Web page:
The Federal Reserve’s first meeting led by new chairman Jerome Powell came to a close Wednesday. The Fed’s Open Market Committee voted to raise short-term interest rates by 0.25% to a range of 1.50% – 1.75%. The market had pretty much seen this coming, so mortgage rates didn’t see any wild swings.
With that being said, it’s worthwhile to note that the Federal Reserve has forecasted two more increases for short-term interest rates coming this year. Although there’s no direct link between short-term rates and the longer term rates seen on mortgages, over time, as these rates rise, mortgage rates do tend to go up as well. They’ve been on the rise lately. If you’re looking to buy or refinance your home in the near future and you see an attractive rate, don’t hesitate to jump on it.
In addition to the rate increase everyone had been expecting, the statement also included the committee’s assessment of the overall health of the economy. Although there may be a new chairman in town, these press releases are written in the same old Fed-ese. In the spirit of simplifying the complex, I’ve written a plain English analysis of the announcement.
My comments are in bold below.
Information received since the Federal Open Market Committee met in January indicates that the labor market has continued to strengthen and that economic activity has been rising at a moderate rate. Job gains have been strong in recent months, and the unemployment rate has stayed low. Recent data suggest that growth rates of household spending and business fixed investment have moderated from their strong fourth-quarter readings. On a 12-month basis, both overall inflation and inflation for items other than food and energy have continued to run below 2 percent. Market-based measures of inflation compensation have increased in recent months but remain low; survey-based measures of longer-term inflation expectations are little changed, on balance.
This is the report card paragraph. Little Sammy (his friends call him Uncle Sam) got pretty good marks this semester. Unemployment is low, families and businesses are spending more dough, and inflation (price increases) are still below the Fed’s expectations. Gold star for Sammy!
Consistent with its statutory mandate, the Committee seeks to foster maximum employment and price stability. The economic outlook has strengthened in recent months. The Committee expects that, with further gradual adjustments in the stance of monetary policy, economic activity will expand at a moderate pace in the medium term and labor market conditions will remain strong. Inflation on a 12-month basis is expected to move up in coming months and to stabilize around the Committee’s 2 percent objective over the medium term. Near-term risks to the economic outlook appear roughly balanced, but the Committee is monitoring inflation developments closely.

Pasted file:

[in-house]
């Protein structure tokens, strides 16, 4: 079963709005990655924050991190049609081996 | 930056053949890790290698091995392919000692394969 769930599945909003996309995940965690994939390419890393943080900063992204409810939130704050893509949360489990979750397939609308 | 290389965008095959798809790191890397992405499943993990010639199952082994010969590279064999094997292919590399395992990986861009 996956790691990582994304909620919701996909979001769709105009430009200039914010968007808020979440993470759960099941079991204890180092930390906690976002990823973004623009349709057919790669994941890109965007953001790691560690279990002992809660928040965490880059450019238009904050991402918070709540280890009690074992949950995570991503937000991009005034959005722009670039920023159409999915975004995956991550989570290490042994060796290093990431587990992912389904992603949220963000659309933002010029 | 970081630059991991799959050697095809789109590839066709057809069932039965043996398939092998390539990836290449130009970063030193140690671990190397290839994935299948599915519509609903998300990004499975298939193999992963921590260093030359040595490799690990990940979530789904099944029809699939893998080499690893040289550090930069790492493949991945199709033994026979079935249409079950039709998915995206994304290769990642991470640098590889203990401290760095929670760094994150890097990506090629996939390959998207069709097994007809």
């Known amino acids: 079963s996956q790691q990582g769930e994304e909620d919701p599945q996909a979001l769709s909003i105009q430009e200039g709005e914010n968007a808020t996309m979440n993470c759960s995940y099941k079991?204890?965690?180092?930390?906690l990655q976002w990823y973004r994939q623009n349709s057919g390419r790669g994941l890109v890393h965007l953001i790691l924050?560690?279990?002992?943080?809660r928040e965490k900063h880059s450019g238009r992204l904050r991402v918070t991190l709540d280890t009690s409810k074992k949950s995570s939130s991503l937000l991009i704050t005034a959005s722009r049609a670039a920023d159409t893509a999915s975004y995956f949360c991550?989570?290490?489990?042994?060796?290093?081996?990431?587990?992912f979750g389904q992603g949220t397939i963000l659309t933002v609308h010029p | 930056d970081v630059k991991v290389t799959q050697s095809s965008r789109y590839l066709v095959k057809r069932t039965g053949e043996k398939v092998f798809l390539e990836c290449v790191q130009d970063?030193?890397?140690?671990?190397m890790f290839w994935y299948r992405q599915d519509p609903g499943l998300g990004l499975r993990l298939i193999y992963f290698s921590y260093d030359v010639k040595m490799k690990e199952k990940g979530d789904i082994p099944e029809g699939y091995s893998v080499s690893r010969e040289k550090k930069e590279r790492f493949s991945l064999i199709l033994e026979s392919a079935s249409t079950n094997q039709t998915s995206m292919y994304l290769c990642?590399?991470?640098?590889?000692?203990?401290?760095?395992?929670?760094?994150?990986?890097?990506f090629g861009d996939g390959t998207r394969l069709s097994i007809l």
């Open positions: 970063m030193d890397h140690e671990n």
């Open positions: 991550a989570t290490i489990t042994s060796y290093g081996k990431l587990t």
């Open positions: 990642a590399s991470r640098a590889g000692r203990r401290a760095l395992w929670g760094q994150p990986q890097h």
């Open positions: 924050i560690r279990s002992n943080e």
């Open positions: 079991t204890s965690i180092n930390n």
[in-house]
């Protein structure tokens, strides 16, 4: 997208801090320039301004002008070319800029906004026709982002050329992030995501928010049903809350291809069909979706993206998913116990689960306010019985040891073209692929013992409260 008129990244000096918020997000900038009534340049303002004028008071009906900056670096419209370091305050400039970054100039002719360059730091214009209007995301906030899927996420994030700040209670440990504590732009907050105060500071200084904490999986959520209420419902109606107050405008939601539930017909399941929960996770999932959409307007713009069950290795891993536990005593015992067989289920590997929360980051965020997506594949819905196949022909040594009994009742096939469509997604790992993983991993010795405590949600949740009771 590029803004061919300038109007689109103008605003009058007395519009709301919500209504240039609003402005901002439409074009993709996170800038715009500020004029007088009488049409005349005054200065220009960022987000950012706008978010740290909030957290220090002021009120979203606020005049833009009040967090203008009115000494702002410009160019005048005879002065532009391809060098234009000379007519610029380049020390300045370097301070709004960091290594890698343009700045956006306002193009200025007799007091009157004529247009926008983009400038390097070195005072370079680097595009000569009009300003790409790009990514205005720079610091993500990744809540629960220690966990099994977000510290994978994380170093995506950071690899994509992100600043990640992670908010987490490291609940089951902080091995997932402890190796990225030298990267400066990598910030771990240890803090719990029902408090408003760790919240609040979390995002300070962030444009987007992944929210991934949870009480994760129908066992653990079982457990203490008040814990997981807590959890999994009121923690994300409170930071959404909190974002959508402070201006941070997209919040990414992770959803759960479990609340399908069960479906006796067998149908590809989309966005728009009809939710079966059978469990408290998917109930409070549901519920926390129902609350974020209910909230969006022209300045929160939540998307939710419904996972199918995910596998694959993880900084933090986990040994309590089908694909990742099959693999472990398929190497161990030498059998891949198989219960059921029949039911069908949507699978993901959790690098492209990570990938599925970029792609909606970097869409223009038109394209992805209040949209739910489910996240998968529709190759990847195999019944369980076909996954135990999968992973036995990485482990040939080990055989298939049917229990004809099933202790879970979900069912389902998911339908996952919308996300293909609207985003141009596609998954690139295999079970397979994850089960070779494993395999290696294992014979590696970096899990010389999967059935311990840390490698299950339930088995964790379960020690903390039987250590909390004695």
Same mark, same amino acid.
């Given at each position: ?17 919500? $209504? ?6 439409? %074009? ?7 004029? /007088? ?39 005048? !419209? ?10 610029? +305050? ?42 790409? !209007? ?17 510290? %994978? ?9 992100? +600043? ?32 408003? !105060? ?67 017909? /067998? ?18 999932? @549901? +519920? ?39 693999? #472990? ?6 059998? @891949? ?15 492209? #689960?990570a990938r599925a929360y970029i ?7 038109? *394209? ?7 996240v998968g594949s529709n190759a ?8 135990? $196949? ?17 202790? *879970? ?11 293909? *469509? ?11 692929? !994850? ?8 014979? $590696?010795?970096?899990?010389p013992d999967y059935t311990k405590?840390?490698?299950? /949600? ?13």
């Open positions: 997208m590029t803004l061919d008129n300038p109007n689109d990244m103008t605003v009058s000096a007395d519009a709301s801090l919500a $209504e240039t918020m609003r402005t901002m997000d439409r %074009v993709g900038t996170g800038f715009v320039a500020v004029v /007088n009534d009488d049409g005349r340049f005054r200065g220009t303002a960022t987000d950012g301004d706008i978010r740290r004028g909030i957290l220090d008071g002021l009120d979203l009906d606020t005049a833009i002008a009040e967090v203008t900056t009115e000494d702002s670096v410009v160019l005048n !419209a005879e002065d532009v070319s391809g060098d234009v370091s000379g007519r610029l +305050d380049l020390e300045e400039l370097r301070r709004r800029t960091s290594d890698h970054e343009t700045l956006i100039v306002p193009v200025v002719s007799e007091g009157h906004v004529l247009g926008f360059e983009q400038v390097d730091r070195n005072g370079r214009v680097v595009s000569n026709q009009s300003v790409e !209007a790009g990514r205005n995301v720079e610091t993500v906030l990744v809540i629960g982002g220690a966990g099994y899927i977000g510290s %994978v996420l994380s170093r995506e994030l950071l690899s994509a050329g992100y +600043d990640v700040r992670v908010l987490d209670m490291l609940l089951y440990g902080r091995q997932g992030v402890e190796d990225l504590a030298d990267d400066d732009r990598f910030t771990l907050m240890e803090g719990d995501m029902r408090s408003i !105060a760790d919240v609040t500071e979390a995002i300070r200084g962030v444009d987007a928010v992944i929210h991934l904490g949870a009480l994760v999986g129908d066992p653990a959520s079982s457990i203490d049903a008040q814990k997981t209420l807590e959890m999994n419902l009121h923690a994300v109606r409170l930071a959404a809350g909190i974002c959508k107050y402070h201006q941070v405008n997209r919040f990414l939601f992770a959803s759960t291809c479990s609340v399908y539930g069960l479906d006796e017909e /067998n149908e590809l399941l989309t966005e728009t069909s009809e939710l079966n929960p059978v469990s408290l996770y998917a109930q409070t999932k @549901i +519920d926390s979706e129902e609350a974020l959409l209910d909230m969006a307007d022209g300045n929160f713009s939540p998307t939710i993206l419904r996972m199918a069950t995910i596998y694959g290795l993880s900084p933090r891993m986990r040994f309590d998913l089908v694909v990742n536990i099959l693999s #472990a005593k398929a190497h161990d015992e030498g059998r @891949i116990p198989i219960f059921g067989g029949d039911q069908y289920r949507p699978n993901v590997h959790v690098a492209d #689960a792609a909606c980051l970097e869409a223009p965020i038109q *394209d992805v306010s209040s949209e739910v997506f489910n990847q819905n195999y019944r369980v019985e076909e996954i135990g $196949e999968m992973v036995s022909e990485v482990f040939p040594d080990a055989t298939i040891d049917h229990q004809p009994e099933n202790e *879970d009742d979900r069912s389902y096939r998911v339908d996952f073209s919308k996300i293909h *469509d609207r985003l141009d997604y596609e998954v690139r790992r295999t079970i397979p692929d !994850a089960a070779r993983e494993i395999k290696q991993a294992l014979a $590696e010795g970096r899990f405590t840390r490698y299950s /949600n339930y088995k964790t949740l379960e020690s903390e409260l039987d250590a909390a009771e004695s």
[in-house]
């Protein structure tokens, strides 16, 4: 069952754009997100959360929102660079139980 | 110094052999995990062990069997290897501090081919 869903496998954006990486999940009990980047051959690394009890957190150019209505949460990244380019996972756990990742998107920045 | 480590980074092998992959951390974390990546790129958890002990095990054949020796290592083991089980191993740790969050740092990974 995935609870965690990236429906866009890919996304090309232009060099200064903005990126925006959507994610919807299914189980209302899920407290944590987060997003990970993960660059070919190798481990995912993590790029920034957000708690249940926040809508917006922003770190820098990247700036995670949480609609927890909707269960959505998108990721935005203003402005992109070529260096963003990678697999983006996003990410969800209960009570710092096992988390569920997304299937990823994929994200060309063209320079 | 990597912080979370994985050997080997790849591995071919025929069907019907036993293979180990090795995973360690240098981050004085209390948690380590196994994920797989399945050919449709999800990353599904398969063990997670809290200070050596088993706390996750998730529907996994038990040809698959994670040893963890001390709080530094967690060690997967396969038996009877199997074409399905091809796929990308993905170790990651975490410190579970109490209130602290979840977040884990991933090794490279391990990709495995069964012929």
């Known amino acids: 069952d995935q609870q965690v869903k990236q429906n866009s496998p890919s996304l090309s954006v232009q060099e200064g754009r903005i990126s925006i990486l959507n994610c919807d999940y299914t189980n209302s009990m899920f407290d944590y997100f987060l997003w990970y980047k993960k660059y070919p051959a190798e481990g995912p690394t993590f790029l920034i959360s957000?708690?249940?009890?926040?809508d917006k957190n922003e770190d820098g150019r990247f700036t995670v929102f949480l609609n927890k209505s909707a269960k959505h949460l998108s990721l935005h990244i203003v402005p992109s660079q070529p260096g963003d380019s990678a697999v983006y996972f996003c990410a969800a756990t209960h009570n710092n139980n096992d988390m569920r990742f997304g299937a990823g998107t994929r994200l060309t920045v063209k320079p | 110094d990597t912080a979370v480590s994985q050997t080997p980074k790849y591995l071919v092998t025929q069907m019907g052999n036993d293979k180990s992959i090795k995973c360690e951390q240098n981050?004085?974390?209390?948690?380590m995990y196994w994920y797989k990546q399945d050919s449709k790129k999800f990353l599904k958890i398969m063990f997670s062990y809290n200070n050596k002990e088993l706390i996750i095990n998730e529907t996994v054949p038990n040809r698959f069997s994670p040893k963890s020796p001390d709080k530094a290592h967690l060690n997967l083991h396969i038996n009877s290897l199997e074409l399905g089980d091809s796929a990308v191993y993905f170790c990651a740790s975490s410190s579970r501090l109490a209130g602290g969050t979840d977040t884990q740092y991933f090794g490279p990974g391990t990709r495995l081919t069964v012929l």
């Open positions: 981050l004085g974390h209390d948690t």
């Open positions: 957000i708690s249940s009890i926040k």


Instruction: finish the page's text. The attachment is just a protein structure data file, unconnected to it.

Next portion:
The job of the Fed is to balance jobs and prices (it wants lots of jobs without lots of inflation). The Fed suggests that it can continue to raise short-term rates “gradually” and that the economy will still expand “at a moderate pace in the medium term.” (What the heck does that mean? Is that like finding the middle of the middle?) In the last sentence, the Fed lets us know that it feels like jobs and prices are in balance, but the committee reassures us by letting us know that it’s “monitoring inflation developments closely.” Thanks, Fed!
In view of realized and expected labor market conditions and inflation, the Committee decided to raise the target range for the federal funds rate to 1-1/2 to 1-3/4 percent. The stance of monetary policy remains accommodative, thereby supporting strong labor market conditions and a sustained return to 2 percent inflation.
This is the “money paragraph” that traders, business people and economists fast-forwarded to. The Fed increased short-term rates (the one they control is called the “Federal Funds Rate”) by 0.25% to 1.75%. This is the sixth 0.25% increase the Fed has made over the past few years. But rates are still very low. To put it in perspective, I’ve added a graph (free of charge to you) showing where the Fed Funds Rate has been since the early 1970s. It’s still super, super low.
(Aly: add screenshot of federal funds rate for March 2018. Source: St. Louis Fed)
In determining the timing and size of future adjustments to the target range for the federal funds rate, the Committee will assess realized and expected economic conditions relative to its objectives of maximum employment and 2 percent inflation. This assessment will take into account a wide range of information, including measures of labor market conditions, indicators of inflation pressures and inflation expectations, and readings on financial and international developments. The Committee will carefully monitor actual and expected inflation developments relative to its symmetric inflation goal. The Committee expects that economic conditions will evolve in a manner that will warrant further gradual increases in the federal funds rate; the federal funds rate is likely to remain, for some time, below levels that are expected to prevail in the longer run. However, the actual path of the federal funds rate will depend on the economic outlook as informed by incoming data.
Here’s where the Fed tells us the data that it looks at. Here’s the bottom line: The committee looks at a lot of stuff and crunches a lot of numbers and then put together fancy phrases like “relative to its symmetric inflation goal” to sound sophisticated. But don’t worry, Fed – we trust you. We think you’re plenty smart.
Voting for the FOMC monetary policy action were Jerome H. Powell, Chairman; William C. Dudley, Vice Chairman; Thomas I. Barkin; Raphael W. Bostic; Lael Brainard; Loretta J. Mester; Randal K. Quarles; and John C. Williams.
All the Fed members agreed!
If so, subscribe now for tips on home, money, and life delivered straight to your inbox.